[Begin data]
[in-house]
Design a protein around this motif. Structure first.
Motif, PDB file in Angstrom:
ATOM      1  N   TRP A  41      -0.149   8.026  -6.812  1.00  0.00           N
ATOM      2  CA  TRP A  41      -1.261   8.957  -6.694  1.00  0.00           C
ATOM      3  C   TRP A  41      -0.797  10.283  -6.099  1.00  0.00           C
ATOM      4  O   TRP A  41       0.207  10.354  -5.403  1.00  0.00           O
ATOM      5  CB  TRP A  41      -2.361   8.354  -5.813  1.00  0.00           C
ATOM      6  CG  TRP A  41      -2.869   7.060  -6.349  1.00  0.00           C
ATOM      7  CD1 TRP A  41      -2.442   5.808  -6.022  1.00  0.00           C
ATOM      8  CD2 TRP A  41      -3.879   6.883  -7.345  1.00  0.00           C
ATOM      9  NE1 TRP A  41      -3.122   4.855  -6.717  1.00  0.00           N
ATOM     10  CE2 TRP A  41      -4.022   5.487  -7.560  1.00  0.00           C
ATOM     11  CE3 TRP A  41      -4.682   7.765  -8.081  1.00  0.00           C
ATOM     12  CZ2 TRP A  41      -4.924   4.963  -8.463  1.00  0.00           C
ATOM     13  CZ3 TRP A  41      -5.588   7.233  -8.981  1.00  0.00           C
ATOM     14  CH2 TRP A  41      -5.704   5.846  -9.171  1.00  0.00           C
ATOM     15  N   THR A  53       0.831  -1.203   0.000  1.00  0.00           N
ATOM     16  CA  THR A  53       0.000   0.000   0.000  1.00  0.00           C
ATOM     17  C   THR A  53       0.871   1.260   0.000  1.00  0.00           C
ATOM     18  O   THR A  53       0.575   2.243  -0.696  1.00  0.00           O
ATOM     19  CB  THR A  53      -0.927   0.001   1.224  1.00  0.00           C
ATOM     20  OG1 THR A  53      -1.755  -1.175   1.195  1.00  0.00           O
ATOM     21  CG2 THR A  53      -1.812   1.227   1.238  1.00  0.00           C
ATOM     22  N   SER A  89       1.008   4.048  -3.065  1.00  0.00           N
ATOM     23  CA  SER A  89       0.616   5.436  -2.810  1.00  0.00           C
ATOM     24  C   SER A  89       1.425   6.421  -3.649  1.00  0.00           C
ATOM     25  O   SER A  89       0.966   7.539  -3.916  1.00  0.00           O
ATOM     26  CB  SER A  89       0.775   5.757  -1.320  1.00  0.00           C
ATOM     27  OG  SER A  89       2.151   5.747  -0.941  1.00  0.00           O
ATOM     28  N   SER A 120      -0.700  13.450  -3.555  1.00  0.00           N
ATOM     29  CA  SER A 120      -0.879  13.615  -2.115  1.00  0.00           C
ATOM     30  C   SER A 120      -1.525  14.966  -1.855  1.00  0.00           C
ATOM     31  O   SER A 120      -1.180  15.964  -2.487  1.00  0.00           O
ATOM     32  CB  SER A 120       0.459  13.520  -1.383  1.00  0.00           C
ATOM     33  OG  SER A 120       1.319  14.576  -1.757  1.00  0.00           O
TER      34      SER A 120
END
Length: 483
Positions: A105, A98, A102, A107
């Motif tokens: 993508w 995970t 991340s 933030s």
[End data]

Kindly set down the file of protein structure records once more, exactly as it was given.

[in-house]
Design a protein around this motif. Structure first.
Motif, PDB file in Angstrom:
ATOM      1  N   TRP A  41      -0.149   8.026  -6.812  1.00  0.00           N
ATOM      2  CA  TRP A  41      -1.261   8.957  -6.694  1.00  0.00           C
ATOM      3  C   TRP A  41      -0.797  10.283  -6.099  1.00  0.00           C
ATOM      4  O   TRP A  41       0.207  10.354  -5.403  1.00  0.00           O
ATOM      5  CB  TRP A  41      -2.361   8.354  -5.813  1.00  0.00           C
ATOM      6  CG  TRP A  41      -2.869   7.060  -6.349  1.00  0.00           C
ATOM      7  CD1 TRP A  41      -2.442   5.808  -6.022  1.00  0.00           C
ATOM      8  CD2 TRP A  41      -3.879   6.883  -7.345  1.00  0.00           C
ATOM      9  NE1 TRP A  41      -3.122   4.855  -6.717  1.00  0.00           N
ATOM     10  CE2 TRP A  41      -4.022   5.487  -7.560  1.00  0.00           C
ATOM     11  CE3 TRP A  41      -4.682   7.765  -8.081  1.00  0.00           C
ATOM     12  CZ2 TRP A  41      -4.924   4.963  -8.463  1.00  0.00           C
ATOM     13  CZ3 TRP A  41      -5.588   7.233  -8.981  1.00  0.00           C
ATOM     14  CH2 TRP A  41      -5.704   5.846  -9.171  1.00  0.00           C
ATOM     15  N   THR A  53       0.831  -1.203   0.000  1.00  0.00           N
ATOM     16  CA  THR A  53       0.000   0.000   0.000  1.00  0.00           C
ATOM     17  C   THR A  53       0.871   1.260   0.000  1.00  0.00           C
ATOM     18  O   THR A  53       0.575   2.243  -0.696  1.00  0.00           O
ATOM     19  CB  THR A  53      -0.927   0.001   1.224  1.00  0.00           C
ATOM     20  OG1 THR A  53      -1.755  -1.175   1.195  1.00  0.00           O
ATOM     21  CG2 THR A  53      -1.812   1.227   1.238  1.00  0.00           C
ATOM     22  N   SER A  89       1.008   4.048  -3.065  1.00  0.00           N
ATOM     23  CA  SER A  89       0.616   5.436  -2.810  1.00  0.00           C
ATOM     24  C   SER A  89       1.425   6.421  -3.649  1.00  0.00           C
ATOM     25  O   SER A  89       0.966   7.539  -3.916  1.00  0.00           O
ATOM     26  CB  SER A  89       0.775   5.757  -1.320  1.00  0.00           C
ATOM     27  OG  SER A  89       2.151   5.747  -0.941  1.00  0.00           O
ATOM     28  N   SER A 120      -0.700  13.450  -3.555  1.00  0.00           N
ATOM     29  CA  SER A 120      -0.879  13.615  -2.115  1.00  0.00           C
ATOM     30  C   SER A 120      -1.525  14.966  -1.855  1.00  0.00           C
ATOM     31  O   SER A 120      -1.180  15.964  -2.487  1.00  0.00           O
ATOM     32  CB  SER A 120       0.459  13.520  -1.383  1.00  0.00           C
ATOM     33  OG  SER A 120       1.319  14.576  -1.757  1.00  0.00           O
TER      34      SER A 120
END
Length: 483
Positions: A105, A98, A102, A107
């Motif tokens: 993508w 995970t 991340s 933030s």